Christmas Celebrations & Traditions in Italy

Quando si parla di tradizioni Natalizie, celebrazioni, e sopratutto, la famiglia, non esiste un'altro paese come l'Italia. E'il paese ideale per celebrare il Natale per via dei suoi colori, le sue tradizioni ed il modo di celebrare molto accattivante. Il Natale in Italia non vuol dire celebrare solo un giorno ma una celebrazione stagionale. E' una festa che dura tre settimane, a partire da una settimana prima di Natale fino alla Epifania il 6 Gennaio. Anni fa tradizionalmente la Befana portava i regali ai bimbi. Ma oggi cè anche il Babbo Natale. Si inizia mettendo le decorazioni il giorno otto Dicembre, la festa della Immacolata. Gli alberi di Natale con tante luci e sempre piu alti ed il tradizionale Presepe. La notte di natale è anche un grande evento di gastronomia. Si mangia tanto pesce. Ogni paese e citta ha le sue tradizioni: i Zampognari di Napoli; l'altissimo albero di Natale di Gubbio; in Abbadia di San Salvatore vicino Montalcino le fiaccole e a Roma le migliaia di persone davanti il Vaticano per la benedizione del Papa.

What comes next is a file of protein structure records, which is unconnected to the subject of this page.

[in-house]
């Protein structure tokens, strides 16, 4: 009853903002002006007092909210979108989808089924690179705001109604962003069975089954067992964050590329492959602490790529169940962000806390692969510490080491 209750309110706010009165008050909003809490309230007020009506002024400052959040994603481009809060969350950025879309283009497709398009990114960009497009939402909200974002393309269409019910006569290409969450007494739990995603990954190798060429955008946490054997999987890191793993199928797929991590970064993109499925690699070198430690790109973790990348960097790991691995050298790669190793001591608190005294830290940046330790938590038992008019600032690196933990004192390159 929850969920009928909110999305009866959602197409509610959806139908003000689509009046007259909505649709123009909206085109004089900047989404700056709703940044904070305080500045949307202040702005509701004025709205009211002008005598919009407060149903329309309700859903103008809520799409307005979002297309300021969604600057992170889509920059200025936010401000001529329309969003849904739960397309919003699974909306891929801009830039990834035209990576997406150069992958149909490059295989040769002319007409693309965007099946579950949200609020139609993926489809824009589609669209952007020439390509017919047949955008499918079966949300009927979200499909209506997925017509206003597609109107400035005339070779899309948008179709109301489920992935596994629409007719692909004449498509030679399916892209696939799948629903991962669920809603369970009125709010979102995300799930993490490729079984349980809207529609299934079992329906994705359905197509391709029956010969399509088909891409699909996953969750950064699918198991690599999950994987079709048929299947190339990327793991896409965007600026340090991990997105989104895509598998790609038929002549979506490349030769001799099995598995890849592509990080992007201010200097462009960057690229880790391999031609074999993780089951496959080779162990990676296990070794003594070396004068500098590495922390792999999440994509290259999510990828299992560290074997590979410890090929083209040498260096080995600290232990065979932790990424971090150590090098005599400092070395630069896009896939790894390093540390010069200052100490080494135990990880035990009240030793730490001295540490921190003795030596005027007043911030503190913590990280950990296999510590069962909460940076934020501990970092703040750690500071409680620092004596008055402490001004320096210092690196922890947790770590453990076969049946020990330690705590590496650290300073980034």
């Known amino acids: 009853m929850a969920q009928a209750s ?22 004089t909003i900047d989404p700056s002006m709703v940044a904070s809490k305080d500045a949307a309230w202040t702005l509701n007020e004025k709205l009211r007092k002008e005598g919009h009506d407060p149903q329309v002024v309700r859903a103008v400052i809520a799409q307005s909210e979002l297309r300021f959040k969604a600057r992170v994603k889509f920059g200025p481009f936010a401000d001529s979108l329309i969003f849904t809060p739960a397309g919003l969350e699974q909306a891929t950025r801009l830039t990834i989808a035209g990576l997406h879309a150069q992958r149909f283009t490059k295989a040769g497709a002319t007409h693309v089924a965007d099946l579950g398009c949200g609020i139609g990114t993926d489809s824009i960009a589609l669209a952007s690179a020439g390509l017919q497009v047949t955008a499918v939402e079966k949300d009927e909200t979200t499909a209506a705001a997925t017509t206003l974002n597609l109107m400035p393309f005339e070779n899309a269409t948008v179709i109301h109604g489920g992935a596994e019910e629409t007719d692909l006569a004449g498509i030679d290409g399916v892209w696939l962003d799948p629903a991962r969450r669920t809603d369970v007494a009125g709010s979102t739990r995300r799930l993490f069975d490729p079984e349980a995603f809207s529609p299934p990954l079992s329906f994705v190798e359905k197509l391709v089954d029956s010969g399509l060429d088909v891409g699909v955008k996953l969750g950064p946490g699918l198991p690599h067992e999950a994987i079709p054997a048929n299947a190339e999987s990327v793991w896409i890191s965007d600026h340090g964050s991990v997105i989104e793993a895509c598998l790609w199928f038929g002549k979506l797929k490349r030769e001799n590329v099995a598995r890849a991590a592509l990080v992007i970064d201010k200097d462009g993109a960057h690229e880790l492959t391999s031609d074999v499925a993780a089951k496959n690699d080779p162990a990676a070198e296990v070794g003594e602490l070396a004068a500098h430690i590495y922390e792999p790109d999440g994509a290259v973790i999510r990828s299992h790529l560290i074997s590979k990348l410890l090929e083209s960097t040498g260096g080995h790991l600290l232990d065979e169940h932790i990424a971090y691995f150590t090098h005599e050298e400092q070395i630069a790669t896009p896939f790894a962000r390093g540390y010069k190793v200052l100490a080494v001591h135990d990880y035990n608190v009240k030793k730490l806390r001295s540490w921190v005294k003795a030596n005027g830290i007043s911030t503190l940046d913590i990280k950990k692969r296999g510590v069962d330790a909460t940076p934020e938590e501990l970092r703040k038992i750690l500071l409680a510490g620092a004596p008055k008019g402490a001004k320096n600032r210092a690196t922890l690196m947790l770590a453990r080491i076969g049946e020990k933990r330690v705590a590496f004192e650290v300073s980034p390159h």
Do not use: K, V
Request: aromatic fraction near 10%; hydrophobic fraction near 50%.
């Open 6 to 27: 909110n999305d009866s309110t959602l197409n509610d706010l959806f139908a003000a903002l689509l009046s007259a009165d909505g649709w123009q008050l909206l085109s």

When it comes to Christmas traditions, celebrations and, most importantly, la famiglia, there is no other place in the world quite like Italy. It is a great place to be at Christmas time, as the colorful ways and traditions in which the festival is celebrated captivates many. Over the years I have been fortunate and blessed to have experienced and witnessed the celebrations and events that occur throughout Italy during this very special time of the year.

Christmas in Italy means a season of celebrations and not just celebrating one particular day. If you are weary of how commercialized Christmas has become in the United States, Italy would be a lovely change of pace. Shying away from the commercial, which seems to overwhelm us here in the USA, Christmas in Italy is really about the joy of family. Children in Italy do not write letters to Santa. Rather, they write letters to their parents, telling them how much they love and appreciate them. The letters are placed under the father's plate for the Christmas Eve dinner and ceremoniously read after the meal. Christmas season in Italy is traditionally celebrated from Christmas Eve through the Epiphany (January 6).This follows the pagan season of celebrations that started with Saturnalia, a winter solstice festival, and ended with the Roman New Year.